Training to failure

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In weight training, training to failure is repeating an exercise (such as the bench press) to the point of momentary muscular failure, i.e. the point where the neuromuscular system can no longer produce adequate force to overcome a specific workload.[1][2] Two systematic reviews published in 2021 found no benefit to training to failure on hypertrophy, while one of the reviews found some evidence that not-to-failure training is superior for strength.[3][4]

Initial failure[edit]

When the athlete has reached initial failure (i.e. fails to perform a further repetition), rather than ending the current set, the exercise can be continued by making the exercise easier (switching to another similar exercise e.g. pull-ups to chin-ups, switching to another (correct) form of the same exercise, switching to lower weight) or by recruiting help (from a spotting partner or by involving another body part). The athlete may also choose to use the rest-pause method or other advanced techniques.

Repetition maximum[edit]

Determining a repetition maximum (RM; such as 1RM) must be done to true failure, so this also can be considered a form of training to failure. Though 1RM is the most popular and commonly used, any number of repetitions can be used, for instance a 10RM or 15RM. A 10RM weight is more useful in terms of training for hypertrophy than a 1RM.[5] There is less consensus as to why a 10RM is actually safer; it may be because a 10RM can be performed with a much lower risk of joint injury (due to the lower weight),[6] but also potentially because failure occurs due to absolute inability of the muscles to perform at the attempted weight (rather than due to fatigue).[7] A 10RM would be the weight at which a person can do 10 repetitions, but fail to fully perform the 11th.

Types of failure[edit]

There are multiple types of failure[8][9] that can be reached before ending a set. They are listed here in order of increasing intensity.

  • Pre-failure: The set is ended just before failure, as judged based on sensory feedback from the muscles and joints (proprioception).
  • Tempo failure: The tempo or cadence used for the initial few repetitions can no longer be maintained. Additional repetitions cannot be performed at the same tempo.
  • Form failure: Proper form or technique for repetitions can no longer be maintained. Additional repetitions cannot be performed using proper form.

When determining repetition maximum, form failure should be used. Training past form failure can cause joint and muscle injury and should never be attempted. Beginners should train to pre-failure or tempo failure, while focusing on maintaining proper form.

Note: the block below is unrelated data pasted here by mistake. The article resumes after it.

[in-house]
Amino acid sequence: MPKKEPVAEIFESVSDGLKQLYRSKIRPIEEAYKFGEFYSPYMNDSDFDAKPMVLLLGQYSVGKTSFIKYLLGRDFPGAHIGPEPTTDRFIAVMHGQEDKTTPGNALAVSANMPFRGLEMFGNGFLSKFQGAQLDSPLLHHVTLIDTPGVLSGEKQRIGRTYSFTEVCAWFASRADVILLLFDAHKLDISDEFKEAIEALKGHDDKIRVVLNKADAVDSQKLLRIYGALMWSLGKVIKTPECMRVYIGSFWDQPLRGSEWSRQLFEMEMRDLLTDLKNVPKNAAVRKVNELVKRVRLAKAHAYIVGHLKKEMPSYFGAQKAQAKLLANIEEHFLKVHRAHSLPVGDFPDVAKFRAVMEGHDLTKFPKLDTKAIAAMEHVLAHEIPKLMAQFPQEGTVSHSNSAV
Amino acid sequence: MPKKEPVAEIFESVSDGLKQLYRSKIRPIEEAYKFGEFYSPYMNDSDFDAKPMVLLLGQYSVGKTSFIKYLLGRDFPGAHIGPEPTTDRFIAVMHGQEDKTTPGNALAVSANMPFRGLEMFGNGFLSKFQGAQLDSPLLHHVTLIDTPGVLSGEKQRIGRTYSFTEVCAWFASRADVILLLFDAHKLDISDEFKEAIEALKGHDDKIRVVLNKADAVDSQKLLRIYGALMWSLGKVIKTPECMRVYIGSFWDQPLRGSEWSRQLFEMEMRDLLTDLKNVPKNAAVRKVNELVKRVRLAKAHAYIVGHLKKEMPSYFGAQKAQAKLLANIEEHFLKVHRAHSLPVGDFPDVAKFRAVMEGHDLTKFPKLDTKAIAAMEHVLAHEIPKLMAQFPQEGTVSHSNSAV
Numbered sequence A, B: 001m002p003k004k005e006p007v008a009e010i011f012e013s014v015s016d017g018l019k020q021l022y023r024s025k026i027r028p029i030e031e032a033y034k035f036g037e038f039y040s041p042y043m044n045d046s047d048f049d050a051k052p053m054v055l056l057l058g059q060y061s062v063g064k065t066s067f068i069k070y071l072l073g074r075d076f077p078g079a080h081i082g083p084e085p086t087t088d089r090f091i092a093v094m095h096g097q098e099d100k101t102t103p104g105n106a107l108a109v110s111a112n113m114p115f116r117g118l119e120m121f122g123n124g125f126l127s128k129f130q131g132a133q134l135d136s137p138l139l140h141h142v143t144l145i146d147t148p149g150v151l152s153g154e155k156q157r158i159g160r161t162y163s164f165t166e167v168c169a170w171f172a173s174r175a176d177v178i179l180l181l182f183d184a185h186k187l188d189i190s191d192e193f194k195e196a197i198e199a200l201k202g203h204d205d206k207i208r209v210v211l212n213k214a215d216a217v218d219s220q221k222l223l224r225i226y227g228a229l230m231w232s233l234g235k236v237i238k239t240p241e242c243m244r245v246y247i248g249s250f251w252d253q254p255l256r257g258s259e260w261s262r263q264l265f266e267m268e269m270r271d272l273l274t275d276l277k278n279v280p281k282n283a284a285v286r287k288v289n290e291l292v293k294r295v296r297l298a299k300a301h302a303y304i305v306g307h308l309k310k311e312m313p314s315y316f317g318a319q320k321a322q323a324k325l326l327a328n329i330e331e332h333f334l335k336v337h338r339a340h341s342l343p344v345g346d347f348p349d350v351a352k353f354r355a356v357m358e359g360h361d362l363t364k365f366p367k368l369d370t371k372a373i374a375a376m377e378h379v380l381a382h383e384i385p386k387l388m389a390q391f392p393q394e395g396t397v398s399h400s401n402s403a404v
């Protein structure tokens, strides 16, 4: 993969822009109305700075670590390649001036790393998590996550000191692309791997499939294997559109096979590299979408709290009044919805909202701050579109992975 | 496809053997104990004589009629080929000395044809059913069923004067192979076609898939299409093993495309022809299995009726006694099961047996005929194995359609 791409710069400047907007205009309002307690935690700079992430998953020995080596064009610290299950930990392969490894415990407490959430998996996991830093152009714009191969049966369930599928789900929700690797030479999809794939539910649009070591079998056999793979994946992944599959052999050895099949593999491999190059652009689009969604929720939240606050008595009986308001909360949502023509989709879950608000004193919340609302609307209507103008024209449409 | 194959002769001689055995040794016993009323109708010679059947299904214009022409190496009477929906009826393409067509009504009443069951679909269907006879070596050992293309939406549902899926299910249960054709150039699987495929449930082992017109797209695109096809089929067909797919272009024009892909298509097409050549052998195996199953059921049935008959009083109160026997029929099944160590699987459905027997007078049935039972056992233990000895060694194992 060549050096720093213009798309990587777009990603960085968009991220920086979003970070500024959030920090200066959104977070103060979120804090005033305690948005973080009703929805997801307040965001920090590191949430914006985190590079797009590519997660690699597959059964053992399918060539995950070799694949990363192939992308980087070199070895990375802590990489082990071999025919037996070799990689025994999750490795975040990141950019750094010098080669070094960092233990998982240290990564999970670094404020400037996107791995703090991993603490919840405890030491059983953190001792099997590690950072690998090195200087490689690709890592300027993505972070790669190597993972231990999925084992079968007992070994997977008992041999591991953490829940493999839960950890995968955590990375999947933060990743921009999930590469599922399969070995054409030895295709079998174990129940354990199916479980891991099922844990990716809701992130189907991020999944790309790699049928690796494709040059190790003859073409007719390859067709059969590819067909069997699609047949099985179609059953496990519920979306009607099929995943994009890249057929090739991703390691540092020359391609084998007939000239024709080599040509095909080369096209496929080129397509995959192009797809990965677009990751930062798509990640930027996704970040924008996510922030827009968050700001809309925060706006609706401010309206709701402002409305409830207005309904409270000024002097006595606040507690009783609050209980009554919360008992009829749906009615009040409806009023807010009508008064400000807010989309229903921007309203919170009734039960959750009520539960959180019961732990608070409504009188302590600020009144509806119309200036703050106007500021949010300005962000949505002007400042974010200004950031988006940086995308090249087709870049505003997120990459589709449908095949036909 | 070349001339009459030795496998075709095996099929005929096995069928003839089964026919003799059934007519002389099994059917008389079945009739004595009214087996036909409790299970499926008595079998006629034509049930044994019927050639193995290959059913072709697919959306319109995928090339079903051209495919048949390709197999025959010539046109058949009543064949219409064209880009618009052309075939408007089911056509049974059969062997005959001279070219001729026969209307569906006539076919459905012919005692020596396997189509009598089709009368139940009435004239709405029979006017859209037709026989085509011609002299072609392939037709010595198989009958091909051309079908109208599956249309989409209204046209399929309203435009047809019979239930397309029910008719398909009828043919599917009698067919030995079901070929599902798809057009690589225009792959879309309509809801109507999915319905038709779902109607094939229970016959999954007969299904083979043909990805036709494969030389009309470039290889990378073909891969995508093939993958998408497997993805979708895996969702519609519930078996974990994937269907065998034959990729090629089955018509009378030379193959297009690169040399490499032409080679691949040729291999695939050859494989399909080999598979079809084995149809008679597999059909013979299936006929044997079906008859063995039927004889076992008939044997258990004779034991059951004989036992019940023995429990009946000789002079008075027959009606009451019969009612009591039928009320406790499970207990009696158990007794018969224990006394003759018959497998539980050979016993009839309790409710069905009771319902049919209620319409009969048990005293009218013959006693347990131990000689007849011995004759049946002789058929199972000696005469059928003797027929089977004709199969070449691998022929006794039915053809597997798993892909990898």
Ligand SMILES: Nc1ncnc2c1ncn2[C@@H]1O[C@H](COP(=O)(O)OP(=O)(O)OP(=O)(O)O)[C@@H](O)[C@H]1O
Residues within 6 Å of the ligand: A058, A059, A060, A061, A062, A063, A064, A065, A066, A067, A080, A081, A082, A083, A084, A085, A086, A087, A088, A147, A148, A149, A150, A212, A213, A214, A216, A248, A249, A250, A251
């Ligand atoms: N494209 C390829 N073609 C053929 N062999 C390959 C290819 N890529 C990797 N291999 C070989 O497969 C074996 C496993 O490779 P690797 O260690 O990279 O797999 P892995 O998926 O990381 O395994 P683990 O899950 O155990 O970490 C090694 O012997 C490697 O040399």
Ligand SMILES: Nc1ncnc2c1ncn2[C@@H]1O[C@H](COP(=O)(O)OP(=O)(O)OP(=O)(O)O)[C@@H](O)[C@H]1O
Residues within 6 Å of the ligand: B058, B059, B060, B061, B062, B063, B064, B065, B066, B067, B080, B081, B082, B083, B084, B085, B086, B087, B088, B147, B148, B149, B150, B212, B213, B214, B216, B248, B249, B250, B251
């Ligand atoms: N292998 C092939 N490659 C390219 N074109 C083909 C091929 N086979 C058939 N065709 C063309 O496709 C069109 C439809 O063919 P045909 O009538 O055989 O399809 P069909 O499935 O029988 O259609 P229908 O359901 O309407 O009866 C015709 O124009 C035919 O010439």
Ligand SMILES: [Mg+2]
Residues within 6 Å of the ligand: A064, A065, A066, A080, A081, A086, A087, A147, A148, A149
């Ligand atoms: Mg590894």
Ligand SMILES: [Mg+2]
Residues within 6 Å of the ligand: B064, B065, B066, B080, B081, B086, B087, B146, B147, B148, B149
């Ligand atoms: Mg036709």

1. ^ Len Kravitz. "Training to Failure". University of New Mexico. Retrieved 3 September 2017.
  2. ^ Viecelli, Claudio; Aguayo, David (2022). "May the Force and Mass Be With You—Evidence-Based Contribution of Mechano-Biological Descriptors of Resistance Exercise". Frontiers in Physiology. 12: 686119. doi:10.3389/fphys.2021.686119. ISSN 1664-042X. PMC 8769283. PMID 35069229.
  3. ^ Vieira, Alexandra F.; Umpierre, Daniel; Teodoro, Juliana L.; Lisboa, Salime C.; Baroni, Bruno M.; Izquierdo, Mikel; Cadore, Eduardo L. (April 2021). "Effects of Resistance Training Performed to Failure or Not to Failure on Muscle Strength, Hypertrophy, and Power Output: A Systematic Review With Meta-Analysis". The Journal of Strength & Conditioning Research. 35 (4): 1165–1175. doi:10.1519/JSC.0000000000003936. ISSN 1064-8011. PMID 33555822.
  4. ^ Grgic, Jozo; Schoenfeld, Brad J.; Orazem, John; Sabol, Filip (2022). "Effects of resistance training performed to repetition failure or non-failure on muscular strength and hypertrophy: A systematic review and meta-analysis". Journal of Sport and Health Science. 11 (2): 202–211. doi:10.1016/j.jshs.2021.01.007. PMC 9068575. PMID 33497853.
  5. ^ Gym, Old School. "Max Reps vs. 1 Rep Max". Old School Gym. Retrieved 28 June 2019.
  6. ^ "High rep resistance training is a key to strength and no injuries". Retrieved 28 June 2019.
  7. ^ Rippetoe, Mark; Kilgore, Lon (2006). Practical Programming for Strength Training. The Aasgard Company. ISBN 978-0-9768054-1-0.
  8. ^ "Injury Risk and the 'Cascade of Failure' — PT Direct". Retrieved 7 August 2019.
  9. ^ "Should You Train to Failure (THE ANSWER!)". Retrieved 5 June 2020.